All Texas synagogue hostages ‘out alive and safe’ after harrowing 12-hour standoff

SWAT team members deploy near the Congregation Beth Israel Synagogue in Colleyville, Texas
SWAT team members deploy near the Congregation Beth Israel Synagogue in Colleyville, Texas, Jan. 15, 2022. (Andy Jacobsohn/AFP via Getty Images via JTA)

By Ron Kampeas and Andrew Lapin


All four hostages at a synagogue in the Dallas-Fort Worth, Texas area were declared “out alive and safe” by Texas Governor Greg Abbott at 9:33 p.m. CST on Saturday following a 12-hour standoff with an armed assailant in an unfolding saga that terrified Jews worldwide.

The hostage situation unfolded during Shabbat morning services at Congregation Beth Israel, a Reform synagogue in Colleyville, a suburb north of Fort Worth. The synagogue had been live-streaming its services on Facebook; the suspect’s actions had been partially recorded on the stream.

“The suspect is deceased,” Colleyville’s police chief, Michael Miller, told reporters at a late-night press conference, adding that the hostages had been unharmed. Officials said they had identified the suspect and that he had acted alone, but they were not ready to reveal him to the public.

Police said one of the four hostages, a male, had been released in the early evening, leaving three still being held. Reporters and bystanders heard a loud bang and what sounded like gunshots around 9:30 p.m. local time, which CNN reported were flashbangs used during a raid to distract the hostage-taker; Abbott sent his tweet shortly after.

“Prayers answered,” he wrote. “All hostages are out alive and safe.”

“The SWAT situation in Colleyville is resolved and all hostages are safe,” the local police said on Twitter.

Original story: 

A man is holding a rabbi and several congregants hostage at a synagogue in the Dallas-Fort Worth, Texas area. The hostage situation unfolded during Shabbat services, which the synagogue was live-streaming on Facebook.

The man is holding Rabbi Charlie Cytron-Walker and at least three congregants hostage at Congregation Beth Israel, a Reform synagogue in Colleyville, a suburb north of Fort Worth, news outlets are reporting.

The FBI is on the scene as well as local police. The White House is also “monitoring” the situation, per reports. Israeli Prime Minister Naftali Bennett also said in a tweet that he was “closely monitoring” the situation.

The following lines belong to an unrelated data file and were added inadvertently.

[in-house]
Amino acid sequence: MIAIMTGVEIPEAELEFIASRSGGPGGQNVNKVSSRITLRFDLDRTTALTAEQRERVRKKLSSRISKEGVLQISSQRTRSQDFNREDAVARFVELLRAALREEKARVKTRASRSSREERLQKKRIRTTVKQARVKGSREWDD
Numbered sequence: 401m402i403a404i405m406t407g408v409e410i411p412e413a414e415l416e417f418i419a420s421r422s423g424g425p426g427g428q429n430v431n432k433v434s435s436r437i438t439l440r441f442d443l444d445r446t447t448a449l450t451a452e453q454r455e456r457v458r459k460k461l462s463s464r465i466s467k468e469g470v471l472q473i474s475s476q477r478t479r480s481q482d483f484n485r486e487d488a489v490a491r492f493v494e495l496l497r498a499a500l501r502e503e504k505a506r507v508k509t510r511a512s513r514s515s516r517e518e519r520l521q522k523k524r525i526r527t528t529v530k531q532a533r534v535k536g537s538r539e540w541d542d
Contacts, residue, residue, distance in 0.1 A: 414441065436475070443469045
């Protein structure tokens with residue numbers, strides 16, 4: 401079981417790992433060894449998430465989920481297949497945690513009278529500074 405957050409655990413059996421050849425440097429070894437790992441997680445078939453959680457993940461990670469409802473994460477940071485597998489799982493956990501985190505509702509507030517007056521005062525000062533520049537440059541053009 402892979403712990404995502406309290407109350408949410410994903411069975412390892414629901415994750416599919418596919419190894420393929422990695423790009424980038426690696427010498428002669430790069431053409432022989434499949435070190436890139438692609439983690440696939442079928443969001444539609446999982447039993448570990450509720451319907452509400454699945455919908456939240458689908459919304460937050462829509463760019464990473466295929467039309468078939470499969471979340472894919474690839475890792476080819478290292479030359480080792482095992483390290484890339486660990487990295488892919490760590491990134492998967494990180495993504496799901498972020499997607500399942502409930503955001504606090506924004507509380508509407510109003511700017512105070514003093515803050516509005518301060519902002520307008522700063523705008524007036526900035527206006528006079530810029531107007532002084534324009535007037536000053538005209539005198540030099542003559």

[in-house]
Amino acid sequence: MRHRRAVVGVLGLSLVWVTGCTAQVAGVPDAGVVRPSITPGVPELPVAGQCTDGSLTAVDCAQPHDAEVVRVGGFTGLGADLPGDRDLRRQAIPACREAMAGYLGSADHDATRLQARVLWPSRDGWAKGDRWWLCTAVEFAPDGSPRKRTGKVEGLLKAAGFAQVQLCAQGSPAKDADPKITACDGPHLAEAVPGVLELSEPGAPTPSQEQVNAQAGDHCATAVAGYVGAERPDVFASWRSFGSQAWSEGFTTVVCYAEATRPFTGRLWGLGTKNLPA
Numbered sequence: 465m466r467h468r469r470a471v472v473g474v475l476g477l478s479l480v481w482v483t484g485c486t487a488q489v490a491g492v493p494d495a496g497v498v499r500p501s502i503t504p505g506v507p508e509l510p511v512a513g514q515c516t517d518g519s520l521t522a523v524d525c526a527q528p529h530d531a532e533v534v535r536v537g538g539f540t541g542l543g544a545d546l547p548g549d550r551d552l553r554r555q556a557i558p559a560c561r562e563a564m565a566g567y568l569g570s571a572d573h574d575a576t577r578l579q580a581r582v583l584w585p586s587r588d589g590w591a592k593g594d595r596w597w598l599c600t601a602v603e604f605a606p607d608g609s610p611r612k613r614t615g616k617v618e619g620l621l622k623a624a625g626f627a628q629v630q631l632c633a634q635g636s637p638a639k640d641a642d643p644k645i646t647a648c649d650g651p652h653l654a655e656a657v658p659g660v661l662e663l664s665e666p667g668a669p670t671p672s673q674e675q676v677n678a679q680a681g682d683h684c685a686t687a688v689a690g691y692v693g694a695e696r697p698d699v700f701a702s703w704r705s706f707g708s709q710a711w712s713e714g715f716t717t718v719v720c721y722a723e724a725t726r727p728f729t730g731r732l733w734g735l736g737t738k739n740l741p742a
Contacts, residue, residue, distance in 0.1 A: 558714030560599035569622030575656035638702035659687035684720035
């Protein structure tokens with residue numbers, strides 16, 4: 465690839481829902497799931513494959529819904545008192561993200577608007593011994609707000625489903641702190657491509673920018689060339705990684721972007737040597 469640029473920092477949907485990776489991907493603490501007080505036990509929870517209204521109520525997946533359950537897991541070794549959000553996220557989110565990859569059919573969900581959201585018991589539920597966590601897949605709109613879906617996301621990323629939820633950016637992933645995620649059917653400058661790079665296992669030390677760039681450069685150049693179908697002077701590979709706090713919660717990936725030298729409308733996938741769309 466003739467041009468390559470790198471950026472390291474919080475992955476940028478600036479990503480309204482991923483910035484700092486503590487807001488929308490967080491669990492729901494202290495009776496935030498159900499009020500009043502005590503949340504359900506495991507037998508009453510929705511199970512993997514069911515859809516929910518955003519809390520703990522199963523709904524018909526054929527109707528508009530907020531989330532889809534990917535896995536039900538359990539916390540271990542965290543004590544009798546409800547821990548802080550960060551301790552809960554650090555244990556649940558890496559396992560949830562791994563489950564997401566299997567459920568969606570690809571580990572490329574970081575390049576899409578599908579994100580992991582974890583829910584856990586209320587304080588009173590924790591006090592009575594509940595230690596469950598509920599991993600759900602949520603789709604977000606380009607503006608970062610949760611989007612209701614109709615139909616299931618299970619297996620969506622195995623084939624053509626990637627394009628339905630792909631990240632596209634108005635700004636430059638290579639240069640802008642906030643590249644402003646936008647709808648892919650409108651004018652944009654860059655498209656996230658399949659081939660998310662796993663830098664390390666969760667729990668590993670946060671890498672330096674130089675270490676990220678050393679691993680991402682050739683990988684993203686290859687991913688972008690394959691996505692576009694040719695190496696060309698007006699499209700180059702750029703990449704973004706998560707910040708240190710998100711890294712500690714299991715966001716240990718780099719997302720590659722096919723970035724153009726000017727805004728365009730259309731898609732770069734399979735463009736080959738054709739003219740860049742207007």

In an alert, Secure Community Network, which consults with national and local Jewish organizations, said the man was reportedly armed and making bomb threats.

“We’re not aware of any direct credible threats to any other synagogues,” Michael Masters, who directs SCN, told the Jewish Telegraphic Agency.

According to ABC, the man claims his sister is Aafia Siddiqui, a relative by marriage of Khalid Sheikh Muhammad, the chief architect of the Sept. 11, 2001 terrorist attacks. Aafia Siddiqui is serving an 86-year sentence in the Fort Worth area for attempting to kill American military personnel after she was arrested in Afghanistan in 2008 on suspicion of plotting attacks in New York.

At 11:30 a.m. local time, police said they were conducting SWAT operations around the building. A man could be heard yelling on the live stream, talking about his children, his sister and Islam, and saying he believes he is going to die. Police have established phone contact with the man. At 2 p.m. local time, the live stream went down.

“This highlights the need for all of us to be aware and vigilant and most importantly to keep the individuals in the synagogue in our thoughts and prayers and hope for a peaceful resolution,” Masters told JTA.

Jessika Harkay, a reporter at the Fort Worth Star-Telegram, shared a number of quotes from the livestream in a series of tweets.

“Don’t cry on the f**king phone with me,” a man says at one point. “Don’t f**king cry on me. I have six beautiful kids … There are hostages in the synagogue who are going to die. … What are you crying for?”

“I’m going to die, are you listening?” the man says, repeatedly. “I’m going to die doing this all right? Are you listening? I’m going to die. Don’t cry about me.”

According to Beth Israel’s website, Cytron-Walker is the congregation’s first full-time rabbi and has been with the congregation since 2006. A native of Lansing, Michigan, Cytron-Walker and his wife have two daughters.

The synagogue is in the process of hiring a rabbi, according to its online calendar.

Cytron-Walker served as a past president of the South West Association of Reform Rabbis and received an award from QESHET: A Network of LGBT Reform Rabbis. Before becoming a rabbi, he worked for a human rights organization in Detroit as well as a soup kitchen in Amherst, Massachusetts.

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